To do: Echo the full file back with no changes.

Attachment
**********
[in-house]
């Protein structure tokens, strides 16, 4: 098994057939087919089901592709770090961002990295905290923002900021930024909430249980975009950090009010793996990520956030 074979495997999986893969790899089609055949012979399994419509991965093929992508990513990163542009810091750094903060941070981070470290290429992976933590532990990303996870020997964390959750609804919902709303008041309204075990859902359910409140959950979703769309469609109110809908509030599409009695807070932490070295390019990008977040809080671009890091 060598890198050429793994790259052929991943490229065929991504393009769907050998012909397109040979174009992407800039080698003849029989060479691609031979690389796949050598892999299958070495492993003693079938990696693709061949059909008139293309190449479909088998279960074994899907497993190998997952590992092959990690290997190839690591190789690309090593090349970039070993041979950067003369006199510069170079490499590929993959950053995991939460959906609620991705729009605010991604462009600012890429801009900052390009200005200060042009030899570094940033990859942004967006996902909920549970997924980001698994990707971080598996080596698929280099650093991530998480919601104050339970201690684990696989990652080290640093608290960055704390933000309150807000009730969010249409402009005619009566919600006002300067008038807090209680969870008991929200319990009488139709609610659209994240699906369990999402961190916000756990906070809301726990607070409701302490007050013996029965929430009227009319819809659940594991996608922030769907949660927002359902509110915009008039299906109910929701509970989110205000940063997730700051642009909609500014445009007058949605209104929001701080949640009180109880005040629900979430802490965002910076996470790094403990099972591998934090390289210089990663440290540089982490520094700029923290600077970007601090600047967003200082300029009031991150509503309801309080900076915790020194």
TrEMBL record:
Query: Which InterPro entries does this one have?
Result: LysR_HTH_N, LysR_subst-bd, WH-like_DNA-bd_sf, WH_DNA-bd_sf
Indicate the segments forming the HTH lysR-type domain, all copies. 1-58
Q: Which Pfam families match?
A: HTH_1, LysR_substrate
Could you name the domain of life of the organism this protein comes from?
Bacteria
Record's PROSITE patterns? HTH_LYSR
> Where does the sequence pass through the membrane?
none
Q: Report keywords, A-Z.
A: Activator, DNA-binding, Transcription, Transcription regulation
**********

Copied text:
[in-house]
């Protein structure tokens, strides 16, 4: 098994057939087919089901592709770090961002990295905290923002900021930024909430249980975009950090009010793996990520956030 074979495997999986893969790899089609055949012979399994419509991965093929992508990513990163542009810091750094903060941070981070470290290429992976933590532990990303996870020997964390959750609804919902709303008041309204075990859902359910409140959950979703769309469609109110809908509030599409009695807070932490070295390019990008977040809080671009890091 060598890198050429793994790259052929991943490229065929991504393009769907050998012909397109040979174009992407800039080698003849029989060479691609031979690389796949050598892999299958070495492993003693079938990696693709061949059909008139293309190449479909088998279960074994899907497993190998997952590992092959990690290997190839690591190789690309090593090349970039070993041979950067003369006199510069170079490499590929993959950053995991939460959906609620991705729009605010991604462009600012890429801009900052390009200005200060042009030899570094940033990859942004967006996902909920549970997924980001698994990707971080598996080596698929280099650093991530998480919601104050339970201690684990696989990652080290640093608290960055704390933000309150807000009730969010249409402009005619009566919600006002300067008038807090209680969870008991929200319990009488139709609610659209994240699906369990999402961190916000756990906070809301726990607070409701302490007050013996029965929430009227009319819809659940594991996608922030769907949660927002359902509110915009008039299906109910929701509970989110205000940063997730700051642009909609500014445009007058949605209104929001701080949640009180109880005040629900979430802490965002910076996470790094403990099972591998934090390289210089990663440290540089982490520094700029923290600077970007601090600047967003200082300029009031991150509503309801309080900076915790020194």
TrEMBL record:
Query: Which InterPro entries does this one have?
Result: LysR_HTH_N, LysR_subst-bd, WH-like_DNA-bd_sf, WH_DNA-bd_sf
Indicate the segments forming the HTH lysR-type domain, all copies. 1-58
Q: Which Pfam families match?
A: HTH_1, LysR_substrate
Could you name the domain of life of the organism this protein comes from?
Bacteria
Record's PROSITE patterns? HTH_LYSR
> Where does the sequence pass through the membrane?
none
Q: Report keywords, A-Z.
A: Activator, DNA-binding, Transcription, Transcription regulation